Schöntal Abbey is a former Cistercian abbey famous as one of the most impressive pieces of Baroque architecture in northern Württemberg. It was founded in 1153 in Neusass by Wolfram von Bebenburg and was settled by monks from Maulbronn Abbey. The original site proved unsuitable and the new community moved to the present location in Schöntal on the Jagst between 1157 and 1163. The land for the new site was provided by the von Berlichingen family in exchange for rights of burial in the monastery. The monastery was under the protection of the Bishops of Würzburg.

Despite a promising beginning, the abbey found itself in financial difficulties by the early 13th century. Maulbronn Abbey was also in financial trouble and gave Schöntal to Kaisheim Abbey, which settled its debts in 1283.

After this, Schöntal made a recovery, and in 1418 at the Council of Constance was granted the status of Imperial abbey, although it only retained this until 1495. It was plundered several times and suffered severe damage during the German Peasants' War in 1525. Although it survived the Reformation the buildings became uninhabitable and an emergency block had to be constructed in 1617–18, now known as the Alte Abtei ('the old abbey'). The monastery was besieged during the Thirty Years' War and the monks were eventually forced to flee in 1631, abandoning what remained of the buildings to looting and plunder. In 1648 the premises were several times used as soldiers' billets.

The abbey finally experienced a revival under abbot Benedikt Knittel (in office from 1683 to 1732). Under his leadership was built the Baroque abbey church, designed by Leonhard Dientzenhofer, in which Götz von Berlichingen is buried. Abbot Benedikt was also responsible for the palatial claustral buildings with the grand staircase by Balthasar Neumann. Some forty monks lived in the community, besides about thirty conversi or lay brothers, who lived outside the monastery while following a monastic way of life.

The abbey was secularised in 1802, when it was taken over by the Kingdom of Württemberg. The furnishings and contents were removed to Stuttgart, and the buildings used initially for the accommodation of local government administration. From 1810 to 1975, Schöntal Abbey was one of the buildings used for the Evangelical Theological Seminary, now the Evangelical Seminaries of Maulbronn and Blaubeuren.

Today the buildings are used by the Diocese of Rottenburg-Stuttgart as a centre for conferences, retreats and training, as well as the town hall of the community of Schöntal.

Most of the Baroque buildings and the monastery gardens have survived.

References:

Comments

Your name



User Reviews

Powered by Google

Featured Historic Landmarks, Sites & Buildings

Historic Site of the week

Royal Palace of Naples

Royal Palace of Naples was one of the four residences near Naples used by the Bourbon Kings during their rule of the Kingdom of the Two Sicilies (1734-1860): the others were the palaces of Caserta, Capodimonte overlooking Naples, and the third Portici, on the slopes of Vesuvius.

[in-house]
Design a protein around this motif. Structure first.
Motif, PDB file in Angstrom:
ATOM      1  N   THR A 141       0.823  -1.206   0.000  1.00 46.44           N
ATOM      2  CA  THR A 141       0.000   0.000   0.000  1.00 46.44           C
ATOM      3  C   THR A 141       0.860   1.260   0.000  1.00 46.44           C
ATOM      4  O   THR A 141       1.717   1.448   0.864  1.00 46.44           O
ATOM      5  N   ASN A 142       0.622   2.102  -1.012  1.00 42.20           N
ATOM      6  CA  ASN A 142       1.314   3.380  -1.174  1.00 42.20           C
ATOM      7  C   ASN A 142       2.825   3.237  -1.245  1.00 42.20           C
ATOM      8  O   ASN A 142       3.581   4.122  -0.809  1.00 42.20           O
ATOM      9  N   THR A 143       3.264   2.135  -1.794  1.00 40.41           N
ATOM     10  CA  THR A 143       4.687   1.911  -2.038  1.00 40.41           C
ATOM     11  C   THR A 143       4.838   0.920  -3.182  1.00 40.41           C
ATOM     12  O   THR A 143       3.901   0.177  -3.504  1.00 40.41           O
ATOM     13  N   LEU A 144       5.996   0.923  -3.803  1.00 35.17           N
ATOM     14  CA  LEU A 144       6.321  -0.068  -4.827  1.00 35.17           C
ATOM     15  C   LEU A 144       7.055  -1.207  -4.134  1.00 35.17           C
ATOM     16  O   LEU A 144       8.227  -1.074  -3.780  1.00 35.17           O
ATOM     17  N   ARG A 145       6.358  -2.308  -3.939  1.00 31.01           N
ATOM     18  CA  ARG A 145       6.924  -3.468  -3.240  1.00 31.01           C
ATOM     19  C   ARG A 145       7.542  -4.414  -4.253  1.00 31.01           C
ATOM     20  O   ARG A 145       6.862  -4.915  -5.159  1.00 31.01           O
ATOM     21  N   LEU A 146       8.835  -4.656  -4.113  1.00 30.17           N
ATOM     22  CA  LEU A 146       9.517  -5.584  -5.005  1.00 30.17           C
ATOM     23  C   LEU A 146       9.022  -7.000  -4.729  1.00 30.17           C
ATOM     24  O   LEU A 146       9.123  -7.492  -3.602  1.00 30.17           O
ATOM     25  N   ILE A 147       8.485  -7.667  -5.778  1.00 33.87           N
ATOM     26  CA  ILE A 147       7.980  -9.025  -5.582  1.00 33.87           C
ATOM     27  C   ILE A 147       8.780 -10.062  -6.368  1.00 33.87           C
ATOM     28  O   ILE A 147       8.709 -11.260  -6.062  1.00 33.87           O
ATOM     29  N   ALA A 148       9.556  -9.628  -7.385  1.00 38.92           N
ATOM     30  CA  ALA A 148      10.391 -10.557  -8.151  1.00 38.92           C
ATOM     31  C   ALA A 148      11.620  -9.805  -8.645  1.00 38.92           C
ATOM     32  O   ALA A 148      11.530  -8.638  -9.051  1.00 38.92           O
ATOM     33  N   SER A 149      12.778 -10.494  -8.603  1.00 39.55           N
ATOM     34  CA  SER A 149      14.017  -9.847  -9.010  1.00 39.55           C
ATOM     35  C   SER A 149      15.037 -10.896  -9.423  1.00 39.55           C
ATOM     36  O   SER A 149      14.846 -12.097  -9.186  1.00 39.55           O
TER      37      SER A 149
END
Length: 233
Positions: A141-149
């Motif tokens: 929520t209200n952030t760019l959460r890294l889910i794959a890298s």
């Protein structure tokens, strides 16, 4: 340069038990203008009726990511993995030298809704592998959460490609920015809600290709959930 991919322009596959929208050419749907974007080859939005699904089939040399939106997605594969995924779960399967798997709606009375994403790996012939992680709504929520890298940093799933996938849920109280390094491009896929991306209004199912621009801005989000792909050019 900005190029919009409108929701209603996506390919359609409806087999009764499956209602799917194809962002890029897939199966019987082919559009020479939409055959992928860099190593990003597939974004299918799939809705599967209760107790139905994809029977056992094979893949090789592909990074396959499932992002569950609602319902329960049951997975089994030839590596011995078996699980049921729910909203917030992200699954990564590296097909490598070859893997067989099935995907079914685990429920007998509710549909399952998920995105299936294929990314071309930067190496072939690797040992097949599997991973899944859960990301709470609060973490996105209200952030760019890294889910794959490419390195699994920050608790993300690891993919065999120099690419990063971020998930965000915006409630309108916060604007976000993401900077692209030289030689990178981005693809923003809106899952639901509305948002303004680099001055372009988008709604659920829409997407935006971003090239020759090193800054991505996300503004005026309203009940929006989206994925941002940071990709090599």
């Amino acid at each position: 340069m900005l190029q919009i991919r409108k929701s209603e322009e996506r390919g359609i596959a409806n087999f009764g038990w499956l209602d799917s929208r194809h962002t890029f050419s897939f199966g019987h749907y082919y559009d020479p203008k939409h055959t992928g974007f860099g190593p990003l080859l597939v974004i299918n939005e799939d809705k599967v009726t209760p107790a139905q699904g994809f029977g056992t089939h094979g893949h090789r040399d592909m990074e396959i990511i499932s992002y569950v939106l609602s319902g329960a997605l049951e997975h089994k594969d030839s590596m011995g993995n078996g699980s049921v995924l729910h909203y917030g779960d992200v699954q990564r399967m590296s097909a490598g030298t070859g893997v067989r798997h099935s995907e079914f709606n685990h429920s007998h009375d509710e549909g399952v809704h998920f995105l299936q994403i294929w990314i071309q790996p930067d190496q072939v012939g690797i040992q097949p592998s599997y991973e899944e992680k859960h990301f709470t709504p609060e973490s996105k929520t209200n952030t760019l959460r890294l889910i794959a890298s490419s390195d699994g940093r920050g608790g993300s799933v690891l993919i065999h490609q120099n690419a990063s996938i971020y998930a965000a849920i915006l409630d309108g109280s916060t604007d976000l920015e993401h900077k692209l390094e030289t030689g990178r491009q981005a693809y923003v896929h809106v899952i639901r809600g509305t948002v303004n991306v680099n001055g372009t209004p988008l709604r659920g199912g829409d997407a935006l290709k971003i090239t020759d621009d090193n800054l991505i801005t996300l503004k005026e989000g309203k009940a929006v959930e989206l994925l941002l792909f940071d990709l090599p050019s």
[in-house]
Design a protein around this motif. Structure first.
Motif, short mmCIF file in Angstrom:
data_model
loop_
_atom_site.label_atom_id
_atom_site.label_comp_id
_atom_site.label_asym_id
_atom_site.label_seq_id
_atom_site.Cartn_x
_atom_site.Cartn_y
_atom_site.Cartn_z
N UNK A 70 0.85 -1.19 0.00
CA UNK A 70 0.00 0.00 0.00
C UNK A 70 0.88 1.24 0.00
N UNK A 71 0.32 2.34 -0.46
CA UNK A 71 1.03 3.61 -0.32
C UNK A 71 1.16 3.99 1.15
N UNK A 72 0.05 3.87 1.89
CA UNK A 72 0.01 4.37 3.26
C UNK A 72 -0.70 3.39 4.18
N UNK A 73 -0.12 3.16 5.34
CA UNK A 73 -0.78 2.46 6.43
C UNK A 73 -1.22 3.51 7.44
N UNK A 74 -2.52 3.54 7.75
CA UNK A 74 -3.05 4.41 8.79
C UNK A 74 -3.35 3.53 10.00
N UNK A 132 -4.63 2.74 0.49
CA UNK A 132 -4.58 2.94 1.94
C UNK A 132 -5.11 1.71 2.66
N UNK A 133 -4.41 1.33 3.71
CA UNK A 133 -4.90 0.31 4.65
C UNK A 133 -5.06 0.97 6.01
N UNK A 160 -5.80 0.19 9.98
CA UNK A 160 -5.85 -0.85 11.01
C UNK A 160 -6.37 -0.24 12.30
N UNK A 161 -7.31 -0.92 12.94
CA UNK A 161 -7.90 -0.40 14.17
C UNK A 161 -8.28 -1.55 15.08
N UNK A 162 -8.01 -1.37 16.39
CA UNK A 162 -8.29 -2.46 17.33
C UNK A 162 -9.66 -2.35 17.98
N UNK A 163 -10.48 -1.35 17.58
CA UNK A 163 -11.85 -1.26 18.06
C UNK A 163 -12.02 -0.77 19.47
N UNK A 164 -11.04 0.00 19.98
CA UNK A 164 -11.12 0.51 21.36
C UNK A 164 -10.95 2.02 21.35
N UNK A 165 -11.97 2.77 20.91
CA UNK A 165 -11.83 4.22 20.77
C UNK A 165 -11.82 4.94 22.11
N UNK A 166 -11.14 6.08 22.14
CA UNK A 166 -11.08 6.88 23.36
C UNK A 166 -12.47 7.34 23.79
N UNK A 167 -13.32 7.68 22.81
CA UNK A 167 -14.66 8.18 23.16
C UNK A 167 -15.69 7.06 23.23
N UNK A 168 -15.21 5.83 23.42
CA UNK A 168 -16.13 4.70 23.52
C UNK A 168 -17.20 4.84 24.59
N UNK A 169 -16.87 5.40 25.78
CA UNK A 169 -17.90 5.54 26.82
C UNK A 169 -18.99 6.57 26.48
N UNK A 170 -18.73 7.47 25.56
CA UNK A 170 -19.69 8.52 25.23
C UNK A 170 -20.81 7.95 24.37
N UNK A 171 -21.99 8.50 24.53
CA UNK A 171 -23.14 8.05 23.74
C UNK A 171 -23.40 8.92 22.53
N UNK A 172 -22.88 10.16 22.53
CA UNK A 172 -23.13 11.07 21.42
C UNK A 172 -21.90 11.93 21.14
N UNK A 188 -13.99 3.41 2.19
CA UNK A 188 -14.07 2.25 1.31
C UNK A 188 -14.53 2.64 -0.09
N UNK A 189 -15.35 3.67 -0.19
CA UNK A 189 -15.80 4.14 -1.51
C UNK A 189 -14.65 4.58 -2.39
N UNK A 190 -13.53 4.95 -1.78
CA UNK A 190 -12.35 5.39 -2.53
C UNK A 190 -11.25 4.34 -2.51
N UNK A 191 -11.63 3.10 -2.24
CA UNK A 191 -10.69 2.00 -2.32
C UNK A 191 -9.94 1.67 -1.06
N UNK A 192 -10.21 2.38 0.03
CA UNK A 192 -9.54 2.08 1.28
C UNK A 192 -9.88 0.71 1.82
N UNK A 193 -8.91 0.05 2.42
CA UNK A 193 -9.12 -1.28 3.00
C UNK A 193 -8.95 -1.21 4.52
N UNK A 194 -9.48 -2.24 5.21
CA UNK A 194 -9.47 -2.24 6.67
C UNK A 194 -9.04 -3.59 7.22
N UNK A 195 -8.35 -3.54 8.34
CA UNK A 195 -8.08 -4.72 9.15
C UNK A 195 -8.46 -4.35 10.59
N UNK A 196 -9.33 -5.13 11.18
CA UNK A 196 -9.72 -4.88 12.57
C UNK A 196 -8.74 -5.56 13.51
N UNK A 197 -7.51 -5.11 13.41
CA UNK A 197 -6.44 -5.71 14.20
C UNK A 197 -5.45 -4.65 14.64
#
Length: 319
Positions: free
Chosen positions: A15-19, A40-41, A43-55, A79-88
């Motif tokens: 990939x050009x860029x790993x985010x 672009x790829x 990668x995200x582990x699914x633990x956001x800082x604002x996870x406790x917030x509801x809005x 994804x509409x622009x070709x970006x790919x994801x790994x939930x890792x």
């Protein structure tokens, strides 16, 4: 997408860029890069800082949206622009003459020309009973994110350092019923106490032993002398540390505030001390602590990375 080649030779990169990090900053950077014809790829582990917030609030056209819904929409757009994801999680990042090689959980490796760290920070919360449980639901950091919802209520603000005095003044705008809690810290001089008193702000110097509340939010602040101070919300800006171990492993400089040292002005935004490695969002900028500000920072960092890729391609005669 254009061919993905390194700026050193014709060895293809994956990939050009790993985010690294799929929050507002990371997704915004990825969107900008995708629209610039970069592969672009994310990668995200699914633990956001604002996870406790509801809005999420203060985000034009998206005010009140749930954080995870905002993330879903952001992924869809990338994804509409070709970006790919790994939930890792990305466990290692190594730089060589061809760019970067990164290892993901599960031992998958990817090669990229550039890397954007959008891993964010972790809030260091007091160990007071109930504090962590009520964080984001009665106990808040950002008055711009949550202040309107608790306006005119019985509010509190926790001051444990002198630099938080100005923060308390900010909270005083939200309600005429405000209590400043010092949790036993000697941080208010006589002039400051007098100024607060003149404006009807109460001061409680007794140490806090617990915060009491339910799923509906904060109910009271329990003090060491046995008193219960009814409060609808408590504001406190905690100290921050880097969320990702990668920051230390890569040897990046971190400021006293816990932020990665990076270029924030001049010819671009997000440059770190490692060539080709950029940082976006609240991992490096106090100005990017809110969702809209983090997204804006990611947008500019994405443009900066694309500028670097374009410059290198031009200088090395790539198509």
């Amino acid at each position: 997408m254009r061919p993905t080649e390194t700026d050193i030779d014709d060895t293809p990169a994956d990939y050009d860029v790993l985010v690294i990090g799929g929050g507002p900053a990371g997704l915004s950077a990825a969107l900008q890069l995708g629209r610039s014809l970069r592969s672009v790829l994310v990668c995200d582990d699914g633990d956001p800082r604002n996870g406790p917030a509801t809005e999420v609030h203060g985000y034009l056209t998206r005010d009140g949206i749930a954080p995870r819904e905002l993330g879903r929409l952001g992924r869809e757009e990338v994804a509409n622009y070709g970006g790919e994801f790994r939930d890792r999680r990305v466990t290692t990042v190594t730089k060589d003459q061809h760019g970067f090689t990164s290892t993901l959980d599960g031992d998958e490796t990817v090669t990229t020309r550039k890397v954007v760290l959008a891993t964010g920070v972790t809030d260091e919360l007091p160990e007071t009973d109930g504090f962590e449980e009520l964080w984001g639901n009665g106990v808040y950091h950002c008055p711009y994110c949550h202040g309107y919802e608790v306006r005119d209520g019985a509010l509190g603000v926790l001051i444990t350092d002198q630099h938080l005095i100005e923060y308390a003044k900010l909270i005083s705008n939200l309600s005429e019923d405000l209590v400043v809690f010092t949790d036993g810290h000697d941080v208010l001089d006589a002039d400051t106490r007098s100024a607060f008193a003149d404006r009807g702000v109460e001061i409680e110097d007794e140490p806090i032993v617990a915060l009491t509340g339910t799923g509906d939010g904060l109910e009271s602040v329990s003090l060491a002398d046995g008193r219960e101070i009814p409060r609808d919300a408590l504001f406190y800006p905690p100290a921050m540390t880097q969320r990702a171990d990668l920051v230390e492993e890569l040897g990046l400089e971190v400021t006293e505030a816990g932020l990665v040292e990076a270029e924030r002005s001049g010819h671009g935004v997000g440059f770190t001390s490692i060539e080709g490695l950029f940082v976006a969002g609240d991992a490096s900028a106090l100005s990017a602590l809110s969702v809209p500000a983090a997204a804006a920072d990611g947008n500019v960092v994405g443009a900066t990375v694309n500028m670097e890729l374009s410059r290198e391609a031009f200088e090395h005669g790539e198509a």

Construction on the present building was begun in the 17th century by the architect Domenico Fontana. Intended to house the King Philip III of Spain on a visit never fulfilled to this part of his kingdom, instead it initially housed the Viceroy Fernando Ruiz de Castro, count of Lemos. By 1616, the facade had been completed, and by 1620, the interior was frescoed by Battistello Caracciolo, Giovanni Balducci, and Belisario Corenzio. The decoration of the Royal Chapel of Assumption was not completed until 1644 by Antonio Picchiatti.

In 1734, with the arrival of Charles III of Spain to Naples, the palace became the royal residence of the Bourbons. On the occasion of his marriage to Maria Amalia of Saxony in 1738, Francesco De Mura and Domenico Antonio Vaccaro helped remodel the interior. Further modernization took place under Ferdinand I of the Two Sicilies. In 1768, on the occasion of his marriage to Maria Carolina of Austria, under the direction of Ferdinando Fuga, the great hall was rebuilt and the court theater added. During the second half of the 18th century, a 'new wing' was added, which in 1927 became the Vittorio Emanuele III National Library. By the 18th century, the royal residence was moved to Reggia of Caserta, as that inland town was more defensible from naval assault, as well as more distant from the often-rebellious populace of Naples.

During the Napoleonic occupation the palace was enriched by Joachim Murat and his wife, Caroline Bonaparte, with Neoclassic decorations and furnishings. However, a fire in 1837 damaged many rooms, and required restoration from 1838 to 1858 under the direction of Gaetano Genovese. Further additions of a Party Wing and a Belvedere were made in this period. At the corner of the palace with San Carlo Theatre, a new facade was created that obscured the viceroyal palace of Pedro de Toledo.

In 1922, it was decided to transfer here the contents of the National Library. The transfer of library collections was made by 1925.

The library suffered from bombing during World War II and the subsequent military occupation of the building caused serious damage. Today, the palace and adjacent grounds house the famous Teatro San Carlo, the smaller Teatrino di Corte (recently restored), the Biblioteca Nazionale Vittorio Emanuele III, a museum, and offices, including those of the regional tourist board.